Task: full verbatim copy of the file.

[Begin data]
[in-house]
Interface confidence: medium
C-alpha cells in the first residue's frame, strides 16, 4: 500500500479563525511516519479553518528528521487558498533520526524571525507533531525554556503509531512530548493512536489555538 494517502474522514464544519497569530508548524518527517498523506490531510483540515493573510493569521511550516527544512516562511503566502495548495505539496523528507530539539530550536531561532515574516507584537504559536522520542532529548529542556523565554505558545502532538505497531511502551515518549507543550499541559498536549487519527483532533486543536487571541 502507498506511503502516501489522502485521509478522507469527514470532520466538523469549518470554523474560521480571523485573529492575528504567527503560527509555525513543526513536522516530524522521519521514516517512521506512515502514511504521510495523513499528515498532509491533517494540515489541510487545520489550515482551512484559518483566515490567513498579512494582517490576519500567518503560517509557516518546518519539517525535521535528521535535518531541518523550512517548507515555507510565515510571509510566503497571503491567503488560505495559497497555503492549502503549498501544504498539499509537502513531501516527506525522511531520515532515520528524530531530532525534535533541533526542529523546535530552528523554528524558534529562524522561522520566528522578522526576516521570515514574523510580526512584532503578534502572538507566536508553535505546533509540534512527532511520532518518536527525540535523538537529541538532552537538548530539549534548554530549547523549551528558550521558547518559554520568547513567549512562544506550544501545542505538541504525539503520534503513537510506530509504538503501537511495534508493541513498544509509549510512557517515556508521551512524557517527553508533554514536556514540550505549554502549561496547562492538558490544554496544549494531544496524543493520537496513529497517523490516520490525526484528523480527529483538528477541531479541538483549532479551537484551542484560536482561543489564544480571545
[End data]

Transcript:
[in-house]
Interface confidence: medium
C-alpha cells in the first residue's frame, strides 16, 4: 500500500479563525511516519479553518528528521487558498533520526524571525507533531525554556503509531512530548493512536489555538 494517502474522514464544519497569530508548524518527517498523506490531510483540515493573510493569521511550516527544512516562511503566502495548495505539496523528507530539539530550536531561532515574516507584537504559536522520542532529548529542556523565554505558545502532538505497531511502551515518549507543550499541559498536549487519527483532533486543536487571541 502507498506511503502516501489522502485521509478522507469527514470532520466538523469549518470554523474560521480571523485573529492575528504567527503560527509555525513543526513536522516530524522521519521514516517512521506512515502514511504521510495523513499528515498532509491533517494540515489541510487545520489550515482551512484559518483566515490567513498579512494582517490576519500567518503560517509557516518546518519539517525535521535528521535535518531541518523550512517548507515555507510565515510571509510566503497571503491567503488560505495559497497555503492549502503549498501544504498539499509537502513531501516527506525522511531520515532515520528524530531530532525534535533541533526542529523546535530552528523554528524558534529562524522561522520566528522578522526576516521570515514574523510580526512584532503578534502572538507566536508553535505546533509540534512527532511520532518518536527525540535523538537529541538532552537538548530539549534548554530549547523549551528558550521558547518559554520568547513567549512562544506550544501545542505538541504525539503520534503513537510506530509504538503501537511495534508493541513498544509509549510512557517515556508521551512524557517527553508533554514536556514540550505549554502549561496547562492538558490544554496544549494531544496524543493520537496513529497517523490516520490525526484528523480527529483538528477541531479541538483549532479551537484551542484560536482561543489564544480571545